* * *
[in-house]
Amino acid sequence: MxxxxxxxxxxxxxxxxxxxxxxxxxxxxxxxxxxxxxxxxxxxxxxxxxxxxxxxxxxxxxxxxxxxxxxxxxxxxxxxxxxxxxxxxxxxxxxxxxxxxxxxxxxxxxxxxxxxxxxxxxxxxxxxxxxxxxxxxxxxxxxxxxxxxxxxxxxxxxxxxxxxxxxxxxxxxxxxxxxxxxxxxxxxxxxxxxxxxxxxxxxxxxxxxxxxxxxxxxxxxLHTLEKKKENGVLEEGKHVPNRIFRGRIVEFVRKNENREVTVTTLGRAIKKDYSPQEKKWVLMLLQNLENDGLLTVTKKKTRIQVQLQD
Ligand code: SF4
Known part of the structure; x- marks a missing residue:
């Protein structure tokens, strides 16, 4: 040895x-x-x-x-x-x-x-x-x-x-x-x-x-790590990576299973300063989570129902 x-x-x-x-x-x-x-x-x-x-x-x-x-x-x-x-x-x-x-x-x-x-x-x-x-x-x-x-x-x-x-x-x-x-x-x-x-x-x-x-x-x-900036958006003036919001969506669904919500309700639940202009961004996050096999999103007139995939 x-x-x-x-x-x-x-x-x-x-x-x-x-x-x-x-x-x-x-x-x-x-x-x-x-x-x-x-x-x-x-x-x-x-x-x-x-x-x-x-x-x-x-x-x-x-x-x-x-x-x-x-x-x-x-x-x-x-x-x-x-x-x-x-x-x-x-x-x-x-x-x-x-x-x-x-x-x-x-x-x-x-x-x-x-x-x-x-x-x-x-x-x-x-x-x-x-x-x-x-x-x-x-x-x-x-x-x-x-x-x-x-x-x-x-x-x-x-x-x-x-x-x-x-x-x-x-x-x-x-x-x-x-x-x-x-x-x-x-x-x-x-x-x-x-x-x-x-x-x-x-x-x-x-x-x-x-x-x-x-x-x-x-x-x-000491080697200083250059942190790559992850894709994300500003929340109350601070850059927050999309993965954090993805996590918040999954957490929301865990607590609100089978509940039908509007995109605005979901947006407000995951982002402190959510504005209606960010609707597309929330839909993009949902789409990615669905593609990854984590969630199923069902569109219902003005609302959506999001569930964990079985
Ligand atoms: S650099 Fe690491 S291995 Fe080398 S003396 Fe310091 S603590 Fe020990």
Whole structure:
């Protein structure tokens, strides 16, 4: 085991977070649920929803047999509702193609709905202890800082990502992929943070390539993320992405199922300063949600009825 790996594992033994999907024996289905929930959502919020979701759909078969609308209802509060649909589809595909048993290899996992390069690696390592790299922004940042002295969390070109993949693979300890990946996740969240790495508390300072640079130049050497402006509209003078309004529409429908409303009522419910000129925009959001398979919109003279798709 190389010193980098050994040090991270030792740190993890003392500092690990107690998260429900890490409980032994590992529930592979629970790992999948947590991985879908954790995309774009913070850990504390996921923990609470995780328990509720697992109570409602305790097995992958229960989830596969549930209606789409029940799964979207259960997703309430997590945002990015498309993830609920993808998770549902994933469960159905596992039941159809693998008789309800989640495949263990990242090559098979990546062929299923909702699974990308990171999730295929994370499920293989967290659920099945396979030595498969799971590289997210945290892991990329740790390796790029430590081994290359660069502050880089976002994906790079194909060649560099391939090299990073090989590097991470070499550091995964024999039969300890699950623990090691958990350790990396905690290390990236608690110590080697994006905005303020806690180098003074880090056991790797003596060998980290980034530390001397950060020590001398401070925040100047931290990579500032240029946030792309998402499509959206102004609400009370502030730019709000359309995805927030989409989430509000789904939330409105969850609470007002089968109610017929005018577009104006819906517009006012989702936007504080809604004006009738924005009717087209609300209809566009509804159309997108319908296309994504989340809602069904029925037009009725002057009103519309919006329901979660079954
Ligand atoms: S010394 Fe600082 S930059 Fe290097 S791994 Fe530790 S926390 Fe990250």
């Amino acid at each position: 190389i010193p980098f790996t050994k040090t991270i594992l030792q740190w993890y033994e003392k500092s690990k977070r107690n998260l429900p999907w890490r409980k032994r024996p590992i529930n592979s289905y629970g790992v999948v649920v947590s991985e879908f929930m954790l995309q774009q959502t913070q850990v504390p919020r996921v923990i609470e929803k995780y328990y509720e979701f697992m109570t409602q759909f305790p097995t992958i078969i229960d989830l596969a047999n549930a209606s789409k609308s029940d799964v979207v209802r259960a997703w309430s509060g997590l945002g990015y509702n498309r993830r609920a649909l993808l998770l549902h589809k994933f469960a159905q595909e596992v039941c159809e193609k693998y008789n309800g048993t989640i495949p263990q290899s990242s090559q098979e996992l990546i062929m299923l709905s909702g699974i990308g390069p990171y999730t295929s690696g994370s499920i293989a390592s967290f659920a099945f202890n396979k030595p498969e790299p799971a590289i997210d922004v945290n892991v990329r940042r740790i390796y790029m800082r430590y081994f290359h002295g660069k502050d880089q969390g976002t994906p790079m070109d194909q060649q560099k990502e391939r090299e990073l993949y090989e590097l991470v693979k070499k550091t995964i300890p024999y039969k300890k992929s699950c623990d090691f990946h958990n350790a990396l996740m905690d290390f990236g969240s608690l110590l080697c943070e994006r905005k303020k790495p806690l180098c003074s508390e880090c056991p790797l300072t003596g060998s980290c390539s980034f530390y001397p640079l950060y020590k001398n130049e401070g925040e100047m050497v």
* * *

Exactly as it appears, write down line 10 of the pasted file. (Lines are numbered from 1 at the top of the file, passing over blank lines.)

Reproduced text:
């Amino acid at each position: 190389i010193p980098f790996t050994k040090t991270i594992l030792q740190w993890y033994e003392k500092s690990k977070r107690n998260l429900p999907w890490r409980k032994r024996p590992i529930n592979s289905y629970g790992v999948v649920v947590s991985e879908f929930m954790l995309q774009q959502t913070q850990v504390p919020r996921v923990i609470e929803k995780y328990y509720e979701f697992m109570t409602q759909f305790p097995t992958i078969i229960d989830l596969a047999n549930a209606s789409k609308s029940d799964v979207v209802r259960a997703w309430s509060g997590l945002g990015y509702n498309r993830r609920a649909l993808l998770l549902h589809k994933f469960a159905q595909e596992v039941c159809e193609k693998y008789n309800g048993t989640i495949p263990q290899s990242s090559q098979e996992l990546i062929m299923l709905s909702g699974i990308g390069p990171y999730t295929s690696g994370s499920i293989a390592s967290f659920a099945f202890n396979k030595p498969e790299p799971a590289i997210d922004v945290n892991v990329r940042r740790i390796y790029m800082r430590y081994f290359h002295g660069k502050d880089q969390g976002t994906p790079m070109d194909q060649q560099k990502e391939r090299e990073l993949y090989e590097l991470v693979k070499k550091t995964i300890p024999y039969k300890k992929s699950c623990d090691f990946h958990n350790a990396l996740m905690d290390f990236g969240s608690l110590l080697c943070e994006r905005k303020k790495p806690l180098c003074s508390e880090c056991p790797l300072t003596g060998s980290c390539s980034f530390y001397p640079l950060y020590k001398n130049e401070g925040e100047m050497v």